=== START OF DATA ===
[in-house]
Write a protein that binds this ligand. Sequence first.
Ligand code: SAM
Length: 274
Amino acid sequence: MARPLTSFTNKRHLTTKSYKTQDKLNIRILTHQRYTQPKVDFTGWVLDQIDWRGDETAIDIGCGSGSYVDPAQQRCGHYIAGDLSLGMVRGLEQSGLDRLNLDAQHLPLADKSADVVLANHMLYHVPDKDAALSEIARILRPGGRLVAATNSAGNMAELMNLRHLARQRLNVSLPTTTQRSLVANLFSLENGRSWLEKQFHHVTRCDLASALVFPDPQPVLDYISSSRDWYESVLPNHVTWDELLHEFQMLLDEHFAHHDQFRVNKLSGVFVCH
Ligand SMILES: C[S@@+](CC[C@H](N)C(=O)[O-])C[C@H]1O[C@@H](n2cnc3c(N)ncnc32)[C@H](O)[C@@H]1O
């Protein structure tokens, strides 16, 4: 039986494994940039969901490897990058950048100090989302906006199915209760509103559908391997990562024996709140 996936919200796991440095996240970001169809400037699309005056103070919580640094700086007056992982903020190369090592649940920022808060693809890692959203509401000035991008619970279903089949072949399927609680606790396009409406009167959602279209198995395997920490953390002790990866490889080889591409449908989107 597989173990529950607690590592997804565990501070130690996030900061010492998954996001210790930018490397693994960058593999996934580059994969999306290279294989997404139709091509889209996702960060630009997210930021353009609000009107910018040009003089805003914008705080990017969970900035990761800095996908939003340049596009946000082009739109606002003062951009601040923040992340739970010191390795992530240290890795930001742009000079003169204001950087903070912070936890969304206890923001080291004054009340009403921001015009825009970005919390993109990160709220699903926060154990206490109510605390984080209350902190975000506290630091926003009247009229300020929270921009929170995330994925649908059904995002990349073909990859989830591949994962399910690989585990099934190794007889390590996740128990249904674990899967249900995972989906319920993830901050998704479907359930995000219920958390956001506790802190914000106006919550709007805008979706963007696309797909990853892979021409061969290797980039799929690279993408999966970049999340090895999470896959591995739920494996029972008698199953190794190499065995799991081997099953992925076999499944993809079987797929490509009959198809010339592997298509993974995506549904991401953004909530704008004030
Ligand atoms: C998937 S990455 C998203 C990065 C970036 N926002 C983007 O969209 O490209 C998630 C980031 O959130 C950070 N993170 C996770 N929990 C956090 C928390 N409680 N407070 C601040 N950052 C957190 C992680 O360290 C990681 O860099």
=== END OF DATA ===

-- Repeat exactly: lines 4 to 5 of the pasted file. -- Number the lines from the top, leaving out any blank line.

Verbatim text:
Length: 274
Amino acid sequence: MARPLTSFTNKRHLTTKSYKTQDKLNIRILTHQRYTQPKVDFTGWVLDQIDWRGDETAIDIGCGSGSYVDPAQQRCGHYIAGDLSLGMVRGLEQSGLDRLNLDAQHLPLADKSADVVLANHMLYHVPDKDAALSEIARILRPGGRLVAATNSAGNMAELMNLRHLARQRLNVSLPTTTQRSLVANLFSLENGRSWLEKQFHHVTRCDLASALVFPDPQPVLDYISSSRDWYESVLPNHVTWDELLHEFQMLLDEHFAHHDQFRVNKLSGVFVCH